Vinyl upholstery is smooth and durable, and feels leather-like. Genuine leather upholstery is soft and good-looking. Optional semi-aniline leather is buttery and smells delightfully rich, as less protective coating allows more of the natural hide to come through. Although, the latter also requires more care and can be less durable long-term.
A high center console sits between driver and passenger, making each feel like she's in her own compartment. We felt the console was a bit too high, though, and we hit our elbow a few times attempting to shift gears.
Storage in the front seat is okay, but not plentiful. Two center cup holders are large enough for standard-size water bottles, but won't fit larger containers or coffee mugs. Side map pockets are relatively narrow and lack additional cupholder space found in some competitors. There is a clever locking storage area behind the touch screen in the center stack, but it's not convenient to use while driving. The center console is roomy, but it opens sideways with the opening facing the driver, which makes it difficult for the passenger to access.
The star of the center stack is the 8-inch touchscreen, framed by a deep and dramatic U-shaped line. The interior design echoes the lines and shapes of the outside, with sharp angles and rising lines that wrap around and create a seamless flow from the center instrument panel to the doors.
CUE, short for Cadillac User Experience, is Cadillac's voice-activated proprietary interface with an iPad-like touchscreen. While past Cadillac models were fraught with an overwhelming number of buttons on the center stack, CUE drastically cuts down the number of controls to just a handful. It controls audio and telephone functions, as well as directions and map information on cars equipped with navigation.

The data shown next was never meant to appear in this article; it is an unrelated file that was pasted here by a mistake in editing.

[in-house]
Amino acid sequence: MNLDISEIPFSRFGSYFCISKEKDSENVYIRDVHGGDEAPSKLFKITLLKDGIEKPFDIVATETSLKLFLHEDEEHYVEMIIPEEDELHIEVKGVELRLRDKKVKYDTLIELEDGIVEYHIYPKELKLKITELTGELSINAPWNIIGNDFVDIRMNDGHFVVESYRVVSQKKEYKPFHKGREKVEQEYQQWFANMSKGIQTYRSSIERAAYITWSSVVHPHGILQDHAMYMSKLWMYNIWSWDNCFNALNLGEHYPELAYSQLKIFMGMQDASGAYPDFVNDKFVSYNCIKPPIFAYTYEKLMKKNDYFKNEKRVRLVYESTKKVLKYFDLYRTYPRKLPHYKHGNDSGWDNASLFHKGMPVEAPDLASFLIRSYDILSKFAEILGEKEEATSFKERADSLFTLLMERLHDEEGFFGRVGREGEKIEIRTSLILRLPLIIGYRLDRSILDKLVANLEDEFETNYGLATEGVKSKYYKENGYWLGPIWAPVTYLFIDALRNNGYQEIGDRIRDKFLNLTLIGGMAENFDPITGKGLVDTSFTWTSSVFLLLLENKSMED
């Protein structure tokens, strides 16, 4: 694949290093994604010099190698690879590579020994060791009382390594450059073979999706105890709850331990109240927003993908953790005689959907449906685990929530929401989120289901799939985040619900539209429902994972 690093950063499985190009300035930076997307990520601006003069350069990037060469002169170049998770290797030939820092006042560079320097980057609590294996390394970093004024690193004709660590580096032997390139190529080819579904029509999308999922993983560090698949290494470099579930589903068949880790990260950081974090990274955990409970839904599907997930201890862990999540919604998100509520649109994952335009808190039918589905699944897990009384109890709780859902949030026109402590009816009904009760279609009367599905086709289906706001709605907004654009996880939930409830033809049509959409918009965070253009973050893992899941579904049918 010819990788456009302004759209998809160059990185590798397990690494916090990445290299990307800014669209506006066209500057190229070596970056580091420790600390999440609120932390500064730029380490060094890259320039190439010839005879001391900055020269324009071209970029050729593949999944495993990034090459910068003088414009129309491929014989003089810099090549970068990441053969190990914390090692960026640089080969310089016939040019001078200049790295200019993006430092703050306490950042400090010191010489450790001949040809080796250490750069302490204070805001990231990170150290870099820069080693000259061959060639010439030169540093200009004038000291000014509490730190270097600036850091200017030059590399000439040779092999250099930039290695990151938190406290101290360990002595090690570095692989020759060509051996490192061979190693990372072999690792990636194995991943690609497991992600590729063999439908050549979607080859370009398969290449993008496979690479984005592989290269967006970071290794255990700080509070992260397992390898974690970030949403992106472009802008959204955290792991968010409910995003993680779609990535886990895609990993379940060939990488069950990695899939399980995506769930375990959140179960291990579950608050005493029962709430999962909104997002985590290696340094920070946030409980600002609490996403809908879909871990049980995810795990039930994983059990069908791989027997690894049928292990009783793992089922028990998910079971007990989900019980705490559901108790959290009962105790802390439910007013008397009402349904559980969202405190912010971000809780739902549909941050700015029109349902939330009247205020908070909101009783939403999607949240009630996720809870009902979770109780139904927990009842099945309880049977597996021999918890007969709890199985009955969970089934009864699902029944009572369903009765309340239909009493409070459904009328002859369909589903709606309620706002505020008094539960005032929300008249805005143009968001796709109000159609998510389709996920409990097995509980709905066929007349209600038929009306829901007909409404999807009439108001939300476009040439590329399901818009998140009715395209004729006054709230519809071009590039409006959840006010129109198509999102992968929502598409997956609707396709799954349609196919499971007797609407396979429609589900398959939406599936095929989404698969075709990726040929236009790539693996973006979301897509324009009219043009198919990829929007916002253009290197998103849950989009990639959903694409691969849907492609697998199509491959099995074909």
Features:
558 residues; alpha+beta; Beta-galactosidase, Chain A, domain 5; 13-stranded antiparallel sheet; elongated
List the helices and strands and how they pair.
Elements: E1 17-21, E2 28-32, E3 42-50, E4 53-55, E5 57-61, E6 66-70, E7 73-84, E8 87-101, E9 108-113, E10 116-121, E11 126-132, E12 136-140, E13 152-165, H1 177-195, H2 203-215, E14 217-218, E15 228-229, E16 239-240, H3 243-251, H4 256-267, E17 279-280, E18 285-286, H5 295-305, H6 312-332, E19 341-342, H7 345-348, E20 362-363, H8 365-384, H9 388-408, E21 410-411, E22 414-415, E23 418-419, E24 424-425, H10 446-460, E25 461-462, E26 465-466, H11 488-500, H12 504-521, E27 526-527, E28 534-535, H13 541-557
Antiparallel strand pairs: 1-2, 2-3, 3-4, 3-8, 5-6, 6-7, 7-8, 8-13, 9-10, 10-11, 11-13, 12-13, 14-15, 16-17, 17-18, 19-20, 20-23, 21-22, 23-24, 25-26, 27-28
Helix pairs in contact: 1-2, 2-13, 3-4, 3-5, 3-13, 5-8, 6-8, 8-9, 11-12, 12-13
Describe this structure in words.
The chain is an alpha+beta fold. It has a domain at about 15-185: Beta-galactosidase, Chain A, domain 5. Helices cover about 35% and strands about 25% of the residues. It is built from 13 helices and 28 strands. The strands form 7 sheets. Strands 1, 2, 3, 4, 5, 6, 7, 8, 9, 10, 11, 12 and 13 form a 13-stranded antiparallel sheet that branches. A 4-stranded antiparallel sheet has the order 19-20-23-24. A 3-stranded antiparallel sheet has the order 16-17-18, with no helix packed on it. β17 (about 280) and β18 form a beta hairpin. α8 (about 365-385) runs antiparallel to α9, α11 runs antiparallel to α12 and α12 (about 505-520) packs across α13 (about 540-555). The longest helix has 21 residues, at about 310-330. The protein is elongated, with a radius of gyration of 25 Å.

CUE's home menu is configurable so you can access your favorite functions easily. It also uses proximity sensing, which saves extra steps and keeps your attention better focused on the road. When driving, CUE will display full-screen maps or audio information, but when your hand is nearby, it automatically brings up menu options related to the current function on the screen.
We were pleasantly surprised by the navigation and voice activation. Voice recognition systems can be painfully inaccurate, but CUE understands natural voice commands, meaning you don't need to use pre-canned terms to get it to do something. Even better, it can correctly identify difficult names from an address book, although it will most likely butcher the pronunciation when repeating it back to you.